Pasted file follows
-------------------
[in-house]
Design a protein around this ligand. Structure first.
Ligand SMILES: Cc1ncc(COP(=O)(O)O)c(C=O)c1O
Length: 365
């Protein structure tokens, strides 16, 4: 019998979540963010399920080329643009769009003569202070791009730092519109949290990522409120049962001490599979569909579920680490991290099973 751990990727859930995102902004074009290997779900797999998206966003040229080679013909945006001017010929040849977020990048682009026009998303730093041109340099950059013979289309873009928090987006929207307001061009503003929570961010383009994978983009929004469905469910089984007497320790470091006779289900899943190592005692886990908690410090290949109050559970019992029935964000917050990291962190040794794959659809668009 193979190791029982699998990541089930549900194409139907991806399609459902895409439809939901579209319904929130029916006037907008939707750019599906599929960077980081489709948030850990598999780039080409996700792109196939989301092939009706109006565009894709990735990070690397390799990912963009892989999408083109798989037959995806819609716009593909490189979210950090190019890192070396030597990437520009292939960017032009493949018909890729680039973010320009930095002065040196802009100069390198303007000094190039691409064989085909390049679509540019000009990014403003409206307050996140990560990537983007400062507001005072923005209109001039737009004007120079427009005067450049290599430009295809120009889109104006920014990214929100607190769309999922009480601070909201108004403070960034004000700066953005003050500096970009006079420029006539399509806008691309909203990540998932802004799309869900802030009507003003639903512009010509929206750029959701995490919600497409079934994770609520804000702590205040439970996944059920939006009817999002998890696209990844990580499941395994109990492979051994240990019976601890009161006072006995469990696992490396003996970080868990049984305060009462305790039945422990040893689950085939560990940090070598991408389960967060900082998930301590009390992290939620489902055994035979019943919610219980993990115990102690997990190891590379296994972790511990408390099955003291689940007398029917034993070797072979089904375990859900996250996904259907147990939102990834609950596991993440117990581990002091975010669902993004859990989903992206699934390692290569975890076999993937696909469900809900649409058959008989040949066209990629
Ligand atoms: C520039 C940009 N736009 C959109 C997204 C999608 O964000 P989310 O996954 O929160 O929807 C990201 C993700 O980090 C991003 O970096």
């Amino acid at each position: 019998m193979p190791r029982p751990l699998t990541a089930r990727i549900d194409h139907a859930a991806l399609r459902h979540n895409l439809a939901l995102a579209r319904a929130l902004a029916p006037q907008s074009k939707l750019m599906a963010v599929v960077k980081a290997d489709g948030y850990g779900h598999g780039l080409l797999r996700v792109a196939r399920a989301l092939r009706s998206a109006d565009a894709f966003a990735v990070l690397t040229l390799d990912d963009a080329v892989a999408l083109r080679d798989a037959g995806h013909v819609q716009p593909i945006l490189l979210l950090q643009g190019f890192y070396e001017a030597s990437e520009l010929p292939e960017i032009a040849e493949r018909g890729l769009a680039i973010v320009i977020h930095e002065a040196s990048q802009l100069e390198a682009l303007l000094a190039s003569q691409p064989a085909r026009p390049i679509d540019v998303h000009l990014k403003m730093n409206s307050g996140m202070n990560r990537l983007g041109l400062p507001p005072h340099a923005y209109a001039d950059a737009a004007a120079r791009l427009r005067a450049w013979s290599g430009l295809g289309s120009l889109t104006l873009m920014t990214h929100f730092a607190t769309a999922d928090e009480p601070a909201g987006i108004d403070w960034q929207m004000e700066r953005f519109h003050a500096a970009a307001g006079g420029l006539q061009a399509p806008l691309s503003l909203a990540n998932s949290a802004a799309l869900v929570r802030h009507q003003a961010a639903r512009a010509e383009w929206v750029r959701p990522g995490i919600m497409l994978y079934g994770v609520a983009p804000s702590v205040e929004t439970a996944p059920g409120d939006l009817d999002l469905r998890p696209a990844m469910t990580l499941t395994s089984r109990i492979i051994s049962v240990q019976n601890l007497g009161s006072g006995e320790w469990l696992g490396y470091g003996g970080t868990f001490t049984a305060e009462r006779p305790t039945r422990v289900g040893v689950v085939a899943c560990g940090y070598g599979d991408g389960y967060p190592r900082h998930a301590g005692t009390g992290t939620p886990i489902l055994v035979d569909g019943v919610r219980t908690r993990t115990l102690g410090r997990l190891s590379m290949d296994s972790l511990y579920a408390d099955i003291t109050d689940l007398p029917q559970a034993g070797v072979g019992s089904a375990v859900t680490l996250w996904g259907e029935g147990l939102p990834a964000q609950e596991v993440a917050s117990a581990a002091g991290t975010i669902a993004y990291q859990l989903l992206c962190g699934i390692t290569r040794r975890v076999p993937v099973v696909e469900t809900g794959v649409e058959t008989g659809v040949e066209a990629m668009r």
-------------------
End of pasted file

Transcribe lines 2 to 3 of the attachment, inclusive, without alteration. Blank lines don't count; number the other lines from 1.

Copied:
Design a protein around this ligand. Structure first.
Ligand SMILES: Cc1ncc(COP(=O)(O)O)c(C=O)c1O